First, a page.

Resilient Kiribati – Reflections from Tarawa by Meg Taylor, DBE

Celebrating Kiribati Independence Day with President, His Excellency Taneti Maamau, First Lady Maamau, Members of the Cabinet and the people of Kiribati was for me, an affirmation of the wealth we have in our social capital, as proud peoples of this ocean of islands. I had the honour of being invited to celebrate with the iKiribati people, their 39th National Day on 12 – 14 July, 2018.

I was greeted by an economy and a people that has evolved significantly from that which met me on my first visit to this island nation in 2015. The strong sense of community and ownership by the people of their development aspirations and their reality was a strong recurring message throughout the celebrations – an instrumental shift in the people’s awareness of their national aspirations and their continuing efforts towards realising their development ambitions.
As a nation of atolls at the forefront of the effects of climate change, it was inspiring to witness the spirit of resilience of this ocean people who knew their space and were sure of their place in today’s world. This was a people who were truly in charge of their development trajectory.
The celebrations brought together iKiribati peoples, proud of their heritage as stewards of this ocean. There is a collective calm and confidence in who they are as a nation and as individuals; there is a sense of ownership of the fact that they live here, they belong here and that they’ve got to make a life here.
The narrative has changed from being of a people who are vulnerable to climatic impacts to a people who are proud of their home and destiny, and who will continue to live and invest in their atoll nation, rich in ocean resources but most importantly, in their own people.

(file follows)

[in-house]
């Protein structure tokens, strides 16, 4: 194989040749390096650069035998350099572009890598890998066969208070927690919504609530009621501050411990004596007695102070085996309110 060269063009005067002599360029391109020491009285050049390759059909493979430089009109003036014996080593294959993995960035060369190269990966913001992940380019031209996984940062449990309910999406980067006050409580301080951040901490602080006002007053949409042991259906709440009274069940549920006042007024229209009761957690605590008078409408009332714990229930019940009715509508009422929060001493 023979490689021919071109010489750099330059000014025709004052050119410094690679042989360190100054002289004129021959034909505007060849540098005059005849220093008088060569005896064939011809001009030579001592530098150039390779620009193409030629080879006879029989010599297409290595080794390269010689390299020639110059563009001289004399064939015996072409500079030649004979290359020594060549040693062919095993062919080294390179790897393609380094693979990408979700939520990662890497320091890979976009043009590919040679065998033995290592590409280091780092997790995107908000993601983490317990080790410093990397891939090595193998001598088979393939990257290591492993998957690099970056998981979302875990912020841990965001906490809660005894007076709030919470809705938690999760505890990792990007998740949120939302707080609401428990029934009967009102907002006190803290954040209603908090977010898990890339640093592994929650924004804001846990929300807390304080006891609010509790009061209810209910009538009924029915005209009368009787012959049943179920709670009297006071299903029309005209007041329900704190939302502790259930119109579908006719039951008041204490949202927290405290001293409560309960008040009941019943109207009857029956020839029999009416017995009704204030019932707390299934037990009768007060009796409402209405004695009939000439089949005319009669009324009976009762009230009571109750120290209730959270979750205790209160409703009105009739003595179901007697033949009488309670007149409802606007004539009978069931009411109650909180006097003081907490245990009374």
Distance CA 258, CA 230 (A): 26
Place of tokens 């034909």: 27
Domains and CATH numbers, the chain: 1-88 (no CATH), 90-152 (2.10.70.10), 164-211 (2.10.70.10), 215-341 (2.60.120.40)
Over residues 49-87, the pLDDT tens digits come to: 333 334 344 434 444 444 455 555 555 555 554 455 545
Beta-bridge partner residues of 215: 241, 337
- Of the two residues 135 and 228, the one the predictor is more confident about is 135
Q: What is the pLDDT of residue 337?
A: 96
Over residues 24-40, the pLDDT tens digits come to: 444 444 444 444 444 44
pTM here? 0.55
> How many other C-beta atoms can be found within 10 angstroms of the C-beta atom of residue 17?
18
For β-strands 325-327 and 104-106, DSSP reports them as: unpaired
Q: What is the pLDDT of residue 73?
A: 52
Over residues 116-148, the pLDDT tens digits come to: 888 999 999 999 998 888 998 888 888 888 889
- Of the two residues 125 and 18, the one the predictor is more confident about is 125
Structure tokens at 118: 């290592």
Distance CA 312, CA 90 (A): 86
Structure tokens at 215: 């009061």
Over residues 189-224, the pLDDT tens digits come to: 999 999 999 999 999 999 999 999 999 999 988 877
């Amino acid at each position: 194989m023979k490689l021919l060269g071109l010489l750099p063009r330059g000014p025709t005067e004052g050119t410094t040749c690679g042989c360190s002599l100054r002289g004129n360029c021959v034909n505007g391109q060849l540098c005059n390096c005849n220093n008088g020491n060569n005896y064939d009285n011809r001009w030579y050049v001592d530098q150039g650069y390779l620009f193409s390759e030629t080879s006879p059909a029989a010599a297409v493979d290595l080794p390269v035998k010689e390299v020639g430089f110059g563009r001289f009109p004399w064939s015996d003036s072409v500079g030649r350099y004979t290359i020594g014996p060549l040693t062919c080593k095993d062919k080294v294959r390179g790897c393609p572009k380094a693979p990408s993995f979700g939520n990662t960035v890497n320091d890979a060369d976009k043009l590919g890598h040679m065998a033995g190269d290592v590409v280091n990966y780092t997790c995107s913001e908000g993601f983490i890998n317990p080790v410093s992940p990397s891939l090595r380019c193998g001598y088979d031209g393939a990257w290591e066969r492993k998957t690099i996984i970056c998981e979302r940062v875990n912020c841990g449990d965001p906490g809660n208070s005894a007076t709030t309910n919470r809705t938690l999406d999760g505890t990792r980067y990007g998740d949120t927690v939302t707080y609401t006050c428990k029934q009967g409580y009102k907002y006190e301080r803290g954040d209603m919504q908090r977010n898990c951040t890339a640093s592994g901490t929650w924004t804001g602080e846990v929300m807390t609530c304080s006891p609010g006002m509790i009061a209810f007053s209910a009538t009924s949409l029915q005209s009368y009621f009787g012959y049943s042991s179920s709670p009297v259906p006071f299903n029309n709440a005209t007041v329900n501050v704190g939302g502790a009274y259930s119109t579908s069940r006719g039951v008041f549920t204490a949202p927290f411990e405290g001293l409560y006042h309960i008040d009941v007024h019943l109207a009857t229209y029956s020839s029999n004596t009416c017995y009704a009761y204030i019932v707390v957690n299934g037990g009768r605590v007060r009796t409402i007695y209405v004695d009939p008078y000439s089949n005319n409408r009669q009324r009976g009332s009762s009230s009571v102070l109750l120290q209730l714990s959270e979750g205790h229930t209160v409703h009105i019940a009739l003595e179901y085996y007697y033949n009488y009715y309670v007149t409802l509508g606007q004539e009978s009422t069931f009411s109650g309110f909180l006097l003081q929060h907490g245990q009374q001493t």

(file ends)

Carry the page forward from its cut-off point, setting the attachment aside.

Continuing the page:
This is testament to the strong leadership of this island nation. An era of leadership which has steeped its foundation in the cultural values of its people – recognizing the legacy of past Governments, embracing the present and its challenges and inspiring a strategic approach to preparing for the future through maximizing the returns from its natural, human and cultural capital.
Kiribati has a 20-year national strategic vision referred to as KV20 with the theme: Enabling Transformative Development for a Wealthier, Healthier and Peaceful Kiribati. The KV20 is guided towards transformative development by four pillars including wealth, peace & security, infrastructure and governance. The KV20 and the Kiribati Climate Change policy ascertains that it is the wish of the Government of Kiribati and its people “that we will not give up our homeland, our heritage and our pride”.
I must also acknowledge the strong women in leadership positions, in both the Government of Kiribati and the various communities they represent.
I congratulate His Excellency President Maamau and reiterate my appreciation for the opportunity to celebrate this rich and enduring culture, understand the narrative and vision of the Government and the people of Kiribati and share ideas on the future.
The generosity of spirit of the people I met, and the sincere warmth with which I was welcomed, is a precious gift I left Tarawa with.
(H.E Maamau gifted us with a reading of his poem “My frigate bird” which he first read during the General Debate of the 71st United Nations General Assembly in 2016. Listen to it here.)

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